A trust comes into existence when the owner of property declares an intention that ownership of that property be held in trust for the use and benefit of a beneficiary. The person who holds title to the property in trust is called a trustee; the person or organization for whom the property is held in trust is called a beneficiary.
There are many reasons and situations that would motivate a property owner to have his/her property held in trust. For example:
- The beneficiary is believed to be a person who is not capable of managing the property held in trust for his/her benefit (e.g., a minor or a young person, or someone who is mentally incompetent).
- An owner may intend that the property be held in trust for a special purpose, such as a charitable purpose, preservation of a historical site, or to retain an environmental significant treasure.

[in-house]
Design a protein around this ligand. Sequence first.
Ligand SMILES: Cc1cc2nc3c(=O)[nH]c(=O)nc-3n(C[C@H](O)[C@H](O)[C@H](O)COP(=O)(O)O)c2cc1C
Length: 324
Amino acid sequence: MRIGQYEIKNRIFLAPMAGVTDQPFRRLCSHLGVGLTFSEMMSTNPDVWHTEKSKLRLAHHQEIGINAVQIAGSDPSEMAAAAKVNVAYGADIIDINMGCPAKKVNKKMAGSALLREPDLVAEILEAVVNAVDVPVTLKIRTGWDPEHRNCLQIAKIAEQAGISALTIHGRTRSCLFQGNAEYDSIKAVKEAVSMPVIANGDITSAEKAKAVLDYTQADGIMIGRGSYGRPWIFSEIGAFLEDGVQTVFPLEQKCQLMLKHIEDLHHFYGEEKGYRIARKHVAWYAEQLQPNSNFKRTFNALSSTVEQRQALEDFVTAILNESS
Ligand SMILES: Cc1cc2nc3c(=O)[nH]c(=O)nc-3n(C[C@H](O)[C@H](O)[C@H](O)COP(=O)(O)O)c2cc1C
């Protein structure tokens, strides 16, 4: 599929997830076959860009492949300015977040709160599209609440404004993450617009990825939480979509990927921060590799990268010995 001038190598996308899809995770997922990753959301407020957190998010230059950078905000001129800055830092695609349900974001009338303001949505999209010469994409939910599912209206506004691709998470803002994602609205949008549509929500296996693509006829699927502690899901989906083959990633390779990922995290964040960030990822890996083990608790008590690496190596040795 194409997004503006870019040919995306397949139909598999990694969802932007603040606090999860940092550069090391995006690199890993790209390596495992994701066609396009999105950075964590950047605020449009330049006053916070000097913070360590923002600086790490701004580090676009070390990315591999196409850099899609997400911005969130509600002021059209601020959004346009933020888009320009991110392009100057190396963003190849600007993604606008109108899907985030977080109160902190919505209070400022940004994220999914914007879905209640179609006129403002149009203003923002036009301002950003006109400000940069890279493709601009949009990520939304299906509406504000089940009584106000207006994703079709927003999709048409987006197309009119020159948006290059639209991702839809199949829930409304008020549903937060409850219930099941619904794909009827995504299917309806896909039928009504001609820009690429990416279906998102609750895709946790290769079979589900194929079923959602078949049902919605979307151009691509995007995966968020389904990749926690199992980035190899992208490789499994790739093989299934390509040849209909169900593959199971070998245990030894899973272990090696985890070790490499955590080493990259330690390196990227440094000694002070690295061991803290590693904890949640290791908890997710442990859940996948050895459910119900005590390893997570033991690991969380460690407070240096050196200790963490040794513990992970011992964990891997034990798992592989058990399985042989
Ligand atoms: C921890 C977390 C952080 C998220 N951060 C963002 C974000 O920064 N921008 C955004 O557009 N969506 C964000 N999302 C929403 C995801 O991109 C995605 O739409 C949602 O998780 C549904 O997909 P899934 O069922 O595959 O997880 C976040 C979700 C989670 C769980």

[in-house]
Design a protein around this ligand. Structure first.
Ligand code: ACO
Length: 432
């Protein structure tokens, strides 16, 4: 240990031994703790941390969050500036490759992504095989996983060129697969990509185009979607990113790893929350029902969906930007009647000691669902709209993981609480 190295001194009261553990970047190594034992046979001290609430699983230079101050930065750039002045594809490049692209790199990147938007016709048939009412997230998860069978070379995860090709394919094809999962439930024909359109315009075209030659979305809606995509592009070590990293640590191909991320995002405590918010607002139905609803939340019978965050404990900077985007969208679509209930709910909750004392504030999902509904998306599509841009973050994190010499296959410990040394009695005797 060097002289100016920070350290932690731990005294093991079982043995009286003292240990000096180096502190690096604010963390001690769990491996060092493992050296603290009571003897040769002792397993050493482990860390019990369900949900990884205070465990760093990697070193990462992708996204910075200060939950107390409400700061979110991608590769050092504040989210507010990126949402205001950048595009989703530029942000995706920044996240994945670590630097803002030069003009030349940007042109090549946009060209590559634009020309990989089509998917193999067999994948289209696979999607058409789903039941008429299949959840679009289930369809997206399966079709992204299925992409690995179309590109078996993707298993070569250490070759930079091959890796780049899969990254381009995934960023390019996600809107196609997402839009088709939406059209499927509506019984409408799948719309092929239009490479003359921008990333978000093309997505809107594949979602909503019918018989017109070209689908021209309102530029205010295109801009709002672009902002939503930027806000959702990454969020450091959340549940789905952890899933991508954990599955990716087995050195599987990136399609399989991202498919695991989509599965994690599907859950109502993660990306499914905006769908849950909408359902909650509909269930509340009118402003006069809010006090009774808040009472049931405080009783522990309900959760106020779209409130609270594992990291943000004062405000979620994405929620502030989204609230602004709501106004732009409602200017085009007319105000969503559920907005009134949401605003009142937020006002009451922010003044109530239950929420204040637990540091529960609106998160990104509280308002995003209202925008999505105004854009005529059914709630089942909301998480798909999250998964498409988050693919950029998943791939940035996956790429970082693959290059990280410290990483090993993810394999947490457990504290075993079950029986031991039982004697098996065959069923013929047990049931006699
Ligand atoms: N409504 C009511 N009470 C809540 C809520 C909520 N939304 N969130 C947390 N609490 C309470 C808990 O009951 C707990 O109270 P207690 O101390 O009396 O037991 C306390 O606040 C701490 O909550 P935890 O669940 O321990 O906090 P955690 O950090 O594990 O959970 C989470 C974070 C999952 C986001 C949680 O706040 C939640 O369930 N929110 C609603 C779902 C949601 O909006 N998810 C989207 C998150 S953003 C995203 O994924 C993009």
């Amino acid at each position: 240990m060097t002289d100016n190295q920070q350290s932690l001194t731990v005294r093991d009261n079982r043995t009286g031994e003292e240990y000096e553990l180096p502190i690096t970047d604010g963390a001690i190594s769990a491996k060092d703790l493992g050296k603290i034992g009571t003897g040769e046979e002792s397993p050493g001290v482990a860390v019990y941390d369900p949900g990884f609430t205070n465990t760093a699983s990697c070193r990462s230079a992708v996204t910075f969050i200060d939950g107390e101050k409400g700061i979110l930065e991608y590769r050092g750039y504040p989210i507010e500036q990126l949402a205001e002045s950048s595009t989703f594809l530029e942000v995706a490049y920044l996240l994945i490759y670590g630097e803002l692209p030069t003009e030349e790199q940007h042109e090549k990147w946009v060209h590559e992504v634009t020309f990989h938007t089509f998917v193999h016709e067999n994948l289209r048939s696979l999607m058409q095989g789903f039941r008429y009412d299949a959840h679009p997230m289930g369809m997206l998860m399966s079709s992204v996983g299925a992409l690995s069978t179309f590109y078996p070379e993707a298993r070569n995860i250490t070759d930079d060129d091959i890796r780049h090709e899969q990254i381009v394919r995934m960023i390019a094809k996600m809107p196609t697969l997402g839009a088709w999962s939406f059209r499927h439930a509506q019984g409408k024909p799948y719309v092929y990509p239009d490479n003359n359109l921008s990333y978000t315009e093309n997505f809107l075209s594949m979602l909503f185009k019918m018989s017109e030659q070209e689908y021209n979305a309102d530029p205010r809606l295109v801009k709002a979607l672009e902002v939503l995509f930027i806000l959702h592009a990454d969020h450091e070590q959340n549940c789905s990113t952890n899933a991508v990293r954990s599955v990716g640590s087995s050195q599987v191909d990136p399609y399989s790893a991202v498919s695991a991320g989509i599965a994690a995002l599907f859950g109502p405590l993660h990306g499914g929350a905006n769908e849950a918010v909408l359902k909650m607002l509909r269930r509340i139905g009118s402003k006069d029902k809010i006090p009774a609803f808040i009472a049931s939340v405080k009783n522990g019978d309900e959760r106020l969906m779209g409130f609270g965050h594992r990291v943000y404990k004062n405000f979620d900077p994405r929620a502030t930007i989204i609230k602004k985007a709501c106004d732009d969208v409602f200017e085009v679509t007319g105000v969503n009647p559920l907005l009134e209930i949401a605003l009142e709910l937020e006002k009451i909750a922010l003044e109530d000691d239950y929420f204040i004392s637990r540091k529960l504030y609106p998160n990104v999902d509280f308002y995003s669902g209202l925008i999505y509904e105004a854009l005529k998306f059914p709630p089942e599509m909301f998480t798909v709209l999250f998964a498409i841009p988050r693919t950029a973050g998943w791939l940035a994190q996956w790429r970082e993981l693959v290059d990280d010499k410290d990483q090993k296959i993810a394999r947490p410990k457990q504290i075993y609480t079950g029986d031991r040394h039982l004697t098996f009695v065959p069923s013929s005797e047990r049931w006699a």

- Avoidance of taxes may be the motivation for creating a trust. Certain types of trusts are used in planning large estates and in other situations for this purpose.
- A trust may be created to provide for the care of an animal that is alive during the settlor’s lifetime. The trust terminates upon the death of the animal or the last surviving animal if more than one animal is a beneficiary.
- A management trust may be created for a property with multiple owners (e.g., a farm or ranch land may be owned by brothers and sisters and nieces and nephews).
In most cases, a trust created by the intention of the property owner must be in writing to be enforced by the courts.
Are you interested in creating a trust? Contact us to discuss your needed and to determine your best course of action.